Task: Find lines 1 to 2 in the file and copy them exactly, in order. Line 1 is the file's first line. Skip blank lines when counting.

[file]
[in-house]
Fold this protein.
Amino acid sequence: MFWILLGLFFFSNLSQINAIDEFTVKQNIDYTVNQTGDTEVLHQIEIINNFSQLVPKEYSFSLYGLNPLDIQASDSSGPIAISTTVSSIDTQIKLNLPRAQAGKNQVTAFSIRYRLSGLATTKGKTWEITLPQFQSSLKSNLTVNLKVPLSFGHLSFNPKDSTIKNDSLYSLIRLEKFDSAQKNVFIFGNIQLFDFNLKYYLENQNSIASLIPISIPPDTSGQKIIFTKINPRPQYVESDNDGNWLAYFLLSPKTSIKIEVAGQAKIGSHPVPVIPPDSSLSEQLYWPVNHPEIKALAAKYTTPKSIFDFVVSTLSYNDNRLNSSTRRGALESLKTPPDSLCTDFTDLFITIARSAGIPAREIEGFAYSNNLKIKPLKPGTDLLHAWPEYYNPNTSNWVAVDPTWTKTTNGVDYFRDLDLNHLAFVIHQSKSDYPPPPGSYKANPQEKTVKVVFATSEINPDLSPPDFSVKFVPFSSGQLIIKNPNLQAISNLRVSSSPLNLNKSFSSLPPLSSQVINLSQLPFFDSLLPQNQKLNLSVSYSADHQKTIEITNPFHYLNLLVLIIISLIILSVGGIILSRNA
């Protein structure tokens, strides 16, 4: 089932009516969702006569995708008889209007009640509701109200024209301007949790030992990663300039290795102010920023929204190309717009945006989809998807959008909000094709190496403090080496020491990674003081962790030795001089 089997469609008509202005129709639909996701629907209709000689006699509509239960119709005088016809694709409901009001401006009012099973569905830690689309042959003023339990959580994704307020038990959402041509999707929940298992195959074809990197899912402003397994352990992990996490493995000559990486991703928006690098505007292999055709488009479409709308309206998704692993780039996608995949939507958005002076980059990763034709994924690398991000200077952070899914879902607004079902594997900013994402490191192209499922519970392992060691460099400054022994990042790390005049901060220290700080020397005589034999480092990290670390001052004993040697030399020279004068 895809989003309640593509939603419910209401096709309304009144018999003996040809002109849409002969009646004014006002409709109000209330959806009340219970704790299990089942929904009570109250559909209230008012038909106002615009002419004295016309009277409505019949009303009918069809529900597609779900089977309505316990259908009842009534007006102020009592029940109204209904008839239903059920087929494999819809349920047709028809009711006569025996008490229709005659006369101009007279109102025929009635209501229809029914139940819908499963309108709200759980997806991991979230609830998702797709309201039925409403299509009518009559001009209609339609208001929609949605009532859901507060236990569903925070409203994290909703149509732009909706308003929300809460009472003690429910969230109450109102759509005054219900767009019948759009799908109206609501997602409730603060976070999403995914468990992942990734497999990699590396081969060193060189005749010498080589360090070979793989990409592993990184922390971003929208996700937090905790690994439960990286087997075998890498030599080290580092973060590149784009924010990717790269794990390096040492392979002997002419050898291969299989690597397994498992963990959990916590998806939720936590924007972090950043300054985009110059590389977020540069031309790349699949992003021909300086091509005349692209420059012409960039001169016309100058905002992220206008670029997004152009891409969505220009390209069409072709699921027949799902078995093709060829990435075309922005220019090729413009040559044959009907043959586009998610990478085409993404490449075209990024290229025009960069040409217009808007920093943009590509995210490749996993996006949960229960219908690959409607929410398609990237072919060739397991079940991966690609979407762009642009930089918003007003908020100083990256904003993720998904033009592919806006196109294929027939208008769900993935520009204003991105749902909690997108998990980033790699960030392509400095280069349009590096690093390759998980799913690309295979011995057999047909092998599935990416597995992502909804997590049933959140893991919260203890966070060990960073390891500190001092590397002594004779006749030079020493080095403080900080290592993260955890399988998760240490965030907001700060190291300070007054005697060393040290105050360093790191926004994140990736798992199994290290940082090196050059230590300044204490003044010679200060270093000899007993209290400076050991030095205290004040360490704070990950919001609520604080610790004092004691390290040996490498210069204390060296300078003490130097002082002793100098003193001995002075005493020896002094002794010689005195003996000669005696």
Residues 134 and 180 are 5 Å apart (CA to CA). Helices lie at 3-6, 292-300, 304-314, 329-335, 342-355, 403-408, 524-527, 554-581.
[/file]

[in-house]
Fold this protein.